Those Super-Smart Scrub Jays

While a biblical creation science ministry is hard work, it can be fun at times. Learning new things is fun for me. East of the Mississippi live scrub jays, which I had not heard of before. The Western scrub jay has been officially renamed to California scrub jay — not that it pays California no nevermind. Other scrub jays apparently keep their established names.

Birds in the corvid family are known to be intelligent. Studies on scrub jays show some startling results that do not fit evolutionary beliefs.
Excellent image of a California scub jay, Wikimedia Commons / VJAnderson (CC by-SA 4.0)

When I first saw the article featured below, I thought it was just another name for the blue jays that are common in these parts. (I also thought a scrub jay would help with the dishes, but that idea was wrong.) While our jays are in that same corvid family of intelligent birds, they have some distinct differences. We have seen some intelligent antics from our blue jays (well, they come to our feeders and in the yard, hence, "our" jays). Studies have shown that scrub jays are troubling to evolutionists.

They have a passel of neurons packed into their brains, which are surprisingly large for birds. Jays are very smart, displaying their intelligence in many ways, including reasoning and planning skills. This is contrary to baryon-to-bird evolution, but very much in accord with the design skills of our Creator.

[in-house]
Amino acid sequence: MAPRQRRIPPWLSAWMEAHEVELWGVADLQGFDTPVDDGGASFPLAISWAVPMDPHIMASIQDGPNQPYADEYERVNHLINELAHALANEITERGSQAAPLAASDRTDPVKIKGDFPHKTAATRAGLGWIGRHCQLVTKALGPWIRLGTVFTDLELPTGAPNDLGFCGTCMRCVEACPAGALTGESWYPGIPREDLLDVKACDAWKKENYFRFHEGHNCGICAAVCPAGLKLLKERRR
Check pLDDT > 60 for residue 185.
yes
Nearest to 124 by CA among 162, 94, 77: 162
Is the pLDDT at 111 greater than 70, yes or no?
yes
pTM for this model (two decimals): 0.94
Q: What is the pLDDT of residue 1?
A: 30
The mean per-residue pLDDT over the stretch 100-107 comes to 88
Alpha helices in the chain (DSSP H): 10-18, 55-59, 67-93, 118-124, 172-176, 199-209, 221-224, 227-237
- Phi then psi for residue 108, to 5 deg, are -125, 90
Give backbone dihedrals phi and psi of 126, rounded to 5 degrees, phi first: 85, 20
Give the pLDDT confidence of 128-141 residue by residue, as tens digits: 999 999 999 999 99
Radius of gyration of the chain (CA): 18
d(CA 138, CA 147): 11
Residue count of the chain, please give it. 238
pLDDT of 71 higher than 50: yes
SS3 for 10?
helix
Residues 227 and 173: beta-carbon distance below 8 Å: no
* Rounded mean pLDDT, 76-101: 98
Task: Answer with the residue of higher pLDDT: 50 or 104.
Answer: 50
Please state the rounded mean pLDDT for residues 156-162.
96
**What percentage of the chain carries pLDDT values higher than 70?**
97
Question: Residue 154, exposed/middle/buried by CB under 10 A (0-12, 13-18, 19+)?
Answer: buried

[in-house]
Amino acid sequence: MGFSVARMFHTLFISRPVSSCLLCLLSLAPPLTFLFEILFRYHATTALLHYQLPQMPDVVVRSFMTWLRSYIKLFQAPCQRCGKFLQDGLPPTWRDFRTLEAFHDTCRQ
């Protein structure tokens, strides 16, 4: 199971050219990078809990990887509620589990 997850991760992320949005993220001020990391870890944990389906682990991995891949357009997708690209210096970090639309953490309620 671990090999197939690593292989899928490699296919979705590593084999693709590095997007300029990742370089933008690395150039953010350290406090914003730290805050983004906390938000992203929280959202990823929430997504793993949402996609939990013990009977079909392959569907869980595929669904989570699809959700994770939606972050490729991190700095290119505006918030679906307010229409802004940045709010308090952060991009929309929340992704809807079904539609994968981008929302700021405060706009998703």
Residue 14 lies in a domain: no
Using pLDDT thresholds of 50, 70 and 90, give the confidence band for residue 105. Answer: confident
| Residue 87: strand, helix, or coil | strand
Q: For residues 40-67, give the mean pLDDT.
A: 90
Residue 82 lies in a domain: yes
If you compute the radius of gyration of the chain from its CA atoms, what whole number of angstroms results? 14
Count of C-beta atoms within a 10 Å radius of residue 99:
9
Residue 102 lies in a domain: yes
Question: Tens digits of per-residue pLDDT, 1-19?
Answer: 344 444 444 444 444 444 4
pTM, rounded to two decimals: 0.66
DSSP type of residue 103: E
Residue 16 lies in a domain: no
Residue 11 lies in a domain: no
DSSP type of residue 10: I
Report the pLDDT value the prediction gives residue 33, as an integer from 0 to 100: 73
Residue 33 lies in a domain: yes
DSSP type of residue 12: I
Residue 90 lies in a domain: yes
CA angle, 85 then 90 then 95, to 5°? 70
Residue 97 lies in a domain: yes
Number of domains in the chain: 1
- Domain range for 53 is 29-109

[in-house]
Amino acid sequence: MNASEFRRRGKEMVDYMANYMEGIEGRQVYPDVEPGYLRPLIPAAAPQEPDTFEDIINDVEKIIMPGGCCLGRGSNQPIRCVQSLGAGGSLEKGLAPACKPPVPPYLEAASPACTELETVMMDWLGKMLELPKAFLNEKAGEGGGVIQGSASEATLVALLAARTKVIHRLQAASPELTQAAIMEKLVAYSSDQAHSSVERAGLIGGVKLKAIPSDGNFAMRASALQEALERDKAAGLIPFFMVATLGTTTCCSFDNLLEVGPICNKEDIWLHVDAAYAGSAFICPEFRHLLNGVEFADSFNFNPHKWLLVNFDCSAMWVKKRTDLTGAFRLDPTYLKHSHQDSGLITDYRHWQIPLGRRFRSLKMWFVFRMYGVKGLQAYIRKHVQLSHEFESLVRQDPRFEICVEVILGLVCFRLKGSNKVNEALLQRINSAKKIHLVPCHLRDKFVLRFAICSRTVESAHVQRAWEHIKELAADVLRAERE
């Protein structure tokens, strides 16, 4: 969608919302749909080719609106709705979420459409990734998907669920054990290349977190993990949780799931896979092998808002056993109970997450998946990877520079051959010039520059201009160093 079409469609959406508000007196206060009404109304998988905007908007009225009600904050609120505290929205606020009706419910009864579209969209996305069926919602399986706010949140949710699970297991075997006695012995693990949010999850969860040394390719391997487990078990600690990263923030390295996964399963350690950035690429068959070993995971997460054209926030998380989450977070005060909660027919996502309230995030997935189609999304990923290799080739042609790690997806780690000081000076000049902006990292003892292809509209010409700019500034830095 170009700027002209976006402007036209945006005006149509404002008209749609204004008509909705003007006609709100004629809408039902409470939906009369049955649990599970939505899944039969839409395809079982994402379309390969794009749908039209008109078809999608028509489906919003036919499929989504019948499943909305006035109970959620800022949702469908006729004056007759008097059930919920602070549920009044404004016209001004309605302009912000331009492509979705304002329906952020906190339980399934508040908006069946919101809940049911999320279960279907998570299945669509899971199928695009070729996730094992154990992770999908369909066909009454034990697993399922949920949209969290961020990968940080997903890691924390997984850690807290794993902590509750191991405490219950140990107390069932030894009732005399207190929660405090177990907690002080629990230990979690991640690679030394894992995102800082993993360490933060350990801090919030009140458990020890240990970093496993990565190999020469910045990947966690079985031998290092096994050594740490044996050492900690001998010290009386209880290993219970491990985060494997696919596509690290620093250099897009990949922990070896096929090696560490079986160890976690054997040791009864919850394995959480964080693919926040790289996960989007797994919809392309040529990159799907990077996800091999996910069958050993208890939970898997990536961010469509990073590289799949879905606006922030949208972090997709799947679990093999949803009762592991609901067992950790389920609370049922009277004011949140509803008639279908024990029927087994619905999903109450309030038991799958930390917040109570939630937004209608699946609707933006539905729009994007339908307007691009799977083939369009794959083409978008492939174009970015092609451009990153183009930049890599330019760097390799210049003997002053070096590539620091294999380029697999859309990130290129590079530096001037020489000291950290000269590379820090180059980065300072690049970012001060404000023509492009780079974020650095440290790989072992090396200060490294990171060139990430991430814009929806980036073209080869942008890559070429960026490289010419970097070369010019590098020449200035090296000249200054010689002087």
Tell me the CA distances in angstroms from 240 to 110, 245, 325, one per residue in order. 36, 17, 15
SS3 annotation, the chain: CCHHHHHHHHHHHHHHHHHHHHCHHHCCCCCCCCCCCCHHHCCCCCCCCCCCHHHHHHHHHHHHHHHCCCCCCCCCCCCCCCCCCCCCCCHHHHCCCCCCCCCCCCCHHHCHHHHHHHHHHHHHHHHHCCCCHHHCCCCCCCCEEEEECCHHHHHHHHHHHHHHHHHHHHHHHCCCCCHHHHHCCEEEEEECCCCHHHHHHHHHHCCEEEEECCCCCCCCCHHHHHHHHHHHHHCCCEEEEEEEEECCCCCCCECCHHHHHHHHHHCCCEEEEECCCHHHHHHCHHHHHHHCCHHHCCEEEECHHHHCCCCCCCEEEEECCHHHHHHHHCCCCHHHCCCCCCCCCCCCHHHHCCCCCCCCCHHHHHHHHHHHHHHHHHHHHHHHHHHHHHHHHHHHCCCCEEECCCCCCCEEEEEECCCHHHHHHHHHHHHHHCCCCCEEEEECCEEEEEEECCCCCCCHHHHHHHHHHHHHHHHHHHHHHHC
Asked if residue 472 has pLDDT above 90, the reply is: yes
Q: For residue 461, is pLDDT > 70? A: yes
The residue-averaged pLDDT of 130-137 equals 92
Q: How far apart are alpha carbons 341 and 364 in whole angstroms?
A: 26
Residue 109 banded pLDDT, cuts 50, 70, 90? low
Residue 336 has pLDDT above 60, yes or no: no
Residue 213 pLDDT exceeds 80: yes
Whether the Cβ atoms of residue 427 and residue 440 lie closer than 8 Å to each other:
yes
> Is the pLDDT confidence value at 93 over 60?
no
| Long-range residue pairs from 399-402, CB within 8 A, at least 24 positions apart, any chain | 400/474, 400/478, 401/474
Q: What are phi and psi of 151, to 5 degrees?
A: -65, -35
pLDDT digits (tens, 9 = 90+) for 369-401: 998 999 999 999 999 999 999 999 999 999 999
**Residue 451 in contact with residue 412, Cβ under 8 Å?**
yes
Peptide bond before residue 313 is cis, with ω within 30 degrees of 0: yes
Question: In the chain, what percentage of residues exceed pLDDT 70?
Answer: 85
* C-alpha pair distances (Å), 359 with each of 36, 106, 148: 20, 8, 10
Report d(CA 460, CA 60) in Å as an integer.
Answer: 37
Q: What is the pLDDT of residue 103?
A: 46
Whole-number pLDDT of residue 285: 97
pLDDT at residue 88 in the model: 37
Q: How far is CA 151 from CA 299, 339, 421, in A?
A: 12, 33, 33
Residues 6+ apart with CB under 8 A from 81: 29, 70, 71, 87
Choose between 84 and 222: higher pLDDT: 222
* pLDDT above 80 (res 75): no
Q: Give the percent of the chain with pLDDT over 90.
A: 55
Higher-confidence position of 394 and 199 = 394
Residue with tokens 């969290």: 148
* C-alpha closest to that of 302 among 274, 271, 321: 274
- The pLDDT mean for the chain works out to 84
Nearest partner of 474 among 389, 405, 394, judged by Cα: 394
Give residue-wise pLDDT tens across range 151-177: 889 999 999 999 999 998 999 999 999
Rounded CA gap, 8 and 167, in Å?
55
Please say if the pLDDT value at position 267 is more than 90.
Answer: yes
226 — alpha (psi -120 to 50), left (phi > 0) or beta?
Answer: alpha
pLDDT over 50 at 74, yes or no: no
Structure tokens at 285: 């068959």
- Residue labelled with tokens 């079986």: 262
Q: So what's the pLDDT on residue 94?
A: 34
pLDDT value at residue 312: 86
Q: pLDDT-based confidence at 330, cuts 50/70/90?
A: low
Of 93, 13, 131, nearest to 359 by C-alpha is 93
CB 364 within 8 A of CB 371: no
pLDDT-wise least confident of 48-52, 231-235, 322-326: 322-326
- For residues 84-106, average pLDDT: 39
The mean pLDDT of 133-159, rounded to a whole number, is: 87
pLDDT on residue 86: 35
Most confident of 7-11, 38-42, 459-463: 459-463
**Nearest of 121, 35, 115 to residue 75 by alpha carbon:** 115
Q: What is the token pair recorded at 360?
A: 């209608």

Recent experiments on two species of scrub jays in the western United States (Woodhouse’s and California) showed that these birds have the ability to remember the who, what, where, and when of specific past events. That means they can recall where they cached a food item and who, if anyone, was watching them do it. In scientific jargon, this is called episodic memory.
Until these experiments, scientists thought that only humans had the ability to remember specific, detailed events in the past. But scrub jays can remember where they store thousands of seeds during a single season—up to 200 different hiding spots. They retrieve that food in winter and early spring when fresh food is sparse. They can also adjust their caching behavior with future needs in mind. 
To read this fascinating article in its entirety or listen to the MP3 done by my favorite reader, click on "Scrub Jays—The Ultimate Bird Brain". The short video below has some excellent footage, but the name is misleading. By the way, why the expression, "Naked as a jay bird?" I've never seen any bird wearing clothing, champ.